2006-01-01

    Objective To elicit health-related quality of life (HRQL) values associated with oral clefting by age using a visual analogue scale, and to explore the appropriateness of using health professionals as evaluators. Methods A representative group of health professionals working on craniofacial and/or cleft palate teams in the United States was sampled. Values (between 0 and 1) representing the HRQL associated with isolated and nonisolated oral clefting for infants, children, adolescents, and adults were obtained. The relationships between selected evaluator characteristics and values were also assessed. Results Of 330 professionals surveyed, 133 (40%) completed and returned reliable evaluations. Overall, HRQL values were clustered toward the right tail of the scale, indicating modest decreases in HRQL. Most evaluators reported feeling confident in completing the evaluations. HRQL values seemed to vary by team type (cleft palate only versus cleft palate/craniofacial care) and geographic location, but no major differences were found overall for any selected evaluator characteristics. Conclusions This study provides HRQL values for oral clefting based on preferences of health professionals that may be useful in evaluating the effectiveness and cost-effectiveness of prevention and treatment strategies, including those carried out in clinical trial studies. The clustered pattern of HRQL values suggests either a consensus among evaluators of a limited burden of oral clefting or an overall lack of understanding of the evaluation task. PMID:16854194

  1. Healthy Aging

    MedlinePlus

    ... About Us Contact Us Text size | Print | Healthy Aging This information in Spanish ( en español ) A healthy ... Aging email updates. Enter email address Submit Healthy Aging news Accessibility | Privacy policy | Disclaimers | FOIA | Link to ...

  2. Healthy Aging

    MedlinePlus

    ... A Change Contrast print sign up Share Healthy Aging This category offers tips on how to stay ... with Smell Problems with Taste Skin Care and Aging Sleep and Aging Taking Medicines Talking with Your ...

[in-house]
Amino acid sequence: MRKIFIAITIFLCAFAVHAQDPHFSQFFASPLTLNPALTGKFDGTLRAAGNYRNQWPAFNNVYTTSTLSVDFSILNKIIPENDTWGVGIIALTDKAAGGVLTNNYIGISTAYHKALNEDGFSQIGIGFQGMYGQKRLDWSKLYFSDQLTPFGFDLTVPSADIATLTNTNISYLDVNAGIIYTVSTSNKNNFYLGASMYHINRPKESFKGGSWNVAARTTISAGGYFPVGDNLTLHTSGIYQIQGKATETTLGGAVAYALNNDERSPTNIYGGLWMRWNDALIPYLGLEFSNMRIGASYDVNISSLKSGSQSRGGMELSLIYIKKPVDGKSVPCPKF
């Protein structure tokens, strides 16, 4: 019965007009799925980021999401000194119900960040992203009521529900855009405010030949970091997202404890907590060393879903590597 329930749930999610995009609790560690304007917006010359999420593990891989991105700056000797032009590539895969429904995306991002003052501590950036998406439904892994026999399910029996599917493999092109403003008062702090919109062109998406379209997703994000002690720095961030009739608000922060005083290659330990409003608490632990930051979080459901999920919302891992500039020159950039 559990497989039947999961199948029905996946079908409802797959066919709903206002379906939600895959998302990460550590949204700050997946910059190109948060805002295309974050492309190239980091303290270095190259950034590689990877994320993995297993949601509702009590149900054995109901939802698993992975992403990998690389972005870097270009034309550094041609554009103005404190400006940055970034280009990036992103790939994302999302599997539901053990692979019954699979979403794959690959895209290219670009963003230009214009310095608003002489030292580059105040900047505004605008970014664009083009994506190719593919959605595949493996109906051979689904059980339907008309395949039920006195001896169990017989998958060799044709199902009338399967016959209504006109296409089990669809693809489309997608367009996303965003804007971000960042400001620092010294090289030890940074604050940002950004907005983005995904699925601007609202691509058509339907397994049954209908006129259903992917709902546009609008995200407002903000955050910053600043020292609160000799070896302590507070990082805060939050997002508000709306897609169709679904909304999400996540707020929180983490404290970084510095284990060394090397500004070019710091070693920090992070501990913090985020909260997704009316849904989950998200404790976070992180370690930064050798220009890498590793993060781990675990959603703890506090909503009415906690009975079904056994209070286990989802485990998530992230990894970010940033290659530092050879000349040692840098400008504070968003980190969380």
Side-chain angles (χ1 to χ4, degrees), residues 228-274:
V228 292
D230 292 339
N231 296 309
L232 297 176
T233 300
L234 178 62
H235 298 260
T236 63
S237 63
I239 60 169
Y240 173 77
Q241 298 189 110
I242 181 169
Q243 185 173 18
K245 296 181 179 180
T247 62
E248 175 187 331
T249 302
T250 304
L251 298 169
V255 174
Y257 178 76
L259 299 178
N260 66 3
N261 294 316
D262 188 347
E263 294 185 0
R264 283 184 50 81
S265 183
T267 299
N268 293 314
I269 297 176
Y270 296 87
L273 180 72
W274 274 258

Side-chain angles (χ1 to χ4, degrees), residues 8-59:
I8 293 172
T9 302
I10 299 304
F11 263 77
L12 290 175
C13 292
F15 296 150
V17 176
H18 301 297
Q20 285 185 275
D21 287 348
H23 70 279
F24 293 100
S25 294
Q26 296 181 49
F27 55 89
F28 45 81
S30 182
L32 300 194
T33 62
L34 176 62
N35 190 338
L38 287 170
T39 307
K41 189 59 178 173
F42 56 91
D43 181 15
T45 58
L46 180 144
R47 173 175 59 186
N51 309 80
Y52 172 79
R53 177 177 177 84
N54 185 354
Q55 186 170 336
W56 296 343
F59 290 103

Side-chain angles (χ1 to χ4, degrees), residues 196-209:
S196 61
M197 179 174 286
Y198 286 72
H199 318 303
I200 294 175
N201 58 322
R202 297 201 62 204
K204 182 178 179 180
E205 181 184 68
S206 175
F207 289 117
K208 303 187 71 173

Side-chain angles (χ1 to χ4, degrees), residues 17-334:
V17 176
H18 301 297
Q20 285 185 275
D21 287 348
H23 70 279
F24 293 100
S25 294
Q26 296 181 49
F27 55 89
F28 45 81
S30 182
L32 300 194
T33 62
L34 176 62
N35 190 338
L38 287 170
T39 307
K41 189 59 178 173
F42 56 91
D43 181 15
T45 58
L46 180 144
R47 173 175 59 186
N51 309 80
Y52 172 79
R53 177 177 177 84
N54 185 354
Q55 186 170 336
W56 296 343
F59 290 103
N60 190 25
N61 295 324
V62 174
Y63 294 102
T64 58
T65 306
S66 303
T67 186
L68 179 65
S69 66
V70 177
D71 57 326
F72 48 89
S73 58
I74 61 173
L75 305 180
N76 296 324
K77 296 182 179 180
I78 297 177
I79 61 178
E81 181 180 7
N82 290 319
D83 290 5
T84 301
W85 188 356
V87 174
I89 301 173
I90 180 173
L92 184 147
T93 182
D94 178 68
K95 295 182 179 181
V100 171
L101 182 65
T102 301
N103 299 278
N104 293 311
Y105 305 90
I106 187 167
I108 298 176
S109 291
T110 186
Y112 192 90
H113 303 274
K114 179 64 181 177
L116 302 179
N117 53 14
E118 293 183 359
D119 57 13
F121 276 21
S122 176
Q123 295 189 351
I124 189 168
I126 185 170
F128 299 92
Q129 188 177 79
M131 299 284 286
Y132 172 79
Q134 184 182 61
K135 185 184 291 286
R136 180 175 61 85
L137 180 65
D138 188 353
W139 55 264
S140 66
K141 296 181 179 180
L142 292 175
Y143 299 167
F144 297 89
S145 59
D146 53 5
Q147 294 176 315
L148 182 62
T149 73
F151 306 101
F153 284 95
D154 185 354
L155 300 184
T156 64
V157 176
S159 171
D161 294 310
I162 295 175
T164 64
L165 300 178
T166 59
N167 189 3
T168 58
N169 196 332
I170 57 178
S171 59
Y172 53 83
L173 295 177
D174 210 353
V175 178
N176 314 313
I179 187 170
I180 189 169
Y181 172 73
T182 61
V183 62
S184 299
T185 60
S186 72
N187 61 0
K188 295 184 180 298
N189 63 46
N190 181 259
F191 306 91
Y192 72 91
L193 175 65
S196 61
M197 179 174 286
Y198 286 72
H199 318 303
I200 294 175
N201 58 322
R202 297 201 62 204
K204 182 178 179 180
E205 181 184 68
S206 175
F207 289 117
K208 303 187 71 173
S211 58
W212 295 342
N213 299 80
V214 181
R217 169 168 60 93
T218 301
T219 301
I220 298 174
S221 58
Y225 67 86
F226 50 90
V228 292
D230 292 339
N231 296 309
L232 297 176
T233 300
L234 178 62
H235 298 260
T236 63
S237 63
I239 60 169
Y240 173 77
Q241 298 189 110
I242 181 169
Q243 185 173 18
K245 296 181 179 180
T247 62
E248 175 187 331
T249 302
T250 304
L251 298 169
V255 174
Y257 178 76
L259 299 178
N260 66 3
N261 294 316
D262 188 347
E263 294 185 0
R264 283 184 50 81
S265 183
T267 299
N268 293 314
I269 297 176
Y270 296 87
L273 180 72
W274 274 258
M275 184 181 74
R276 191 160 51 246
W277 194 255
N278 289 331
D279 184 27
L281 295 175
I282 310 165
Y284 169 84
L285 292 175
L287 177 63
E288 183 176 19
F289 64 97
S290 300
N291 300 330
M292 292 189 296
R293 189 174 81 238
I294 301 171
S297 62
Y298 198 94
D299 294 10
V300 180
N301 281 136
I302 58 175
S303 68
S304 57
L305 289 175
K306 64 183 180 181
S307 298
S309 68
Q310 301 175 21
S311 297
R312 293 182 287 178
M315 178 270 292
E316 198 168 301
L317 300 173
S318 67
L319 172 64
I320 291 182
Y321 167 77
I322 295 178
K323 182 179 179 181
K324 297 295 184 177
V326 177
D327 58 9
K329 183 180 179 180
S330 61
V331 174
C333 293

3. Integrated Evaluation of Age-Related Changes in Structural and Functional Vascular Parameters Used to Assess Arterial Aging, Subclinical Atherosclerosis, and Cardiovascular Risk in Uruguayan Adults: CUiiDARTE Project

    PubMed Central

    Bia, Daniel; Zócalo, Yanina; Farro, Ignacio; Torrado, Juan; Farro, Federico; Florio, Lucía; Olascoaga, Alicia; Brum, Javier; Alallón, Walter; Negreira, Carlos; Lluberas, Ricardo; Armentano, Ricardo L.

    2011-01-01

    This work was carried out in a Uruguayan (South American) population to characterize aging-associated physiological arterial changes. Parameters markers of subclinical atherosclerosis and that associate age-related changes were evaluated in healthy people. A conservative approach was used and people with nonphysiological and pathological conditions were excluded. Then, we excluded subjects with (a) cardiovascular (CV) symptoms, (b) CV disease, (c) diabetes mellitus or renal failure, and (d) traditional CV risk factors (other than age and gender). Subjects (n = 388) were submitted to non-invasive vascular studies (gold-standard techniques), to evaluate (1) common (CCA), internal, and external carotid plaque prevalence, (2) CCA intima-media thickness and diameter, (3) CCA stiffness (percentual pulsatility, compliance, distensibility, and stiffness index), (4) aortic stiffness (carotid-femoral pulse wave velocity), and (5) peripheral and central pressure wave-derived parameters. Age groups: ≤20, 21–30, 31–40, 41–50, 51–60, 61–70, and 71–80 years old. Age-related structural and functional vascular parameters profiles were obtained and analyzed considering data from other populations. The work has the strength of being the first, in Latin America, that uses an integrative approach to characterize vascular aging-related changes. Data could be used to define vascular aging and abnormal or disease-related changes. PMID:22187622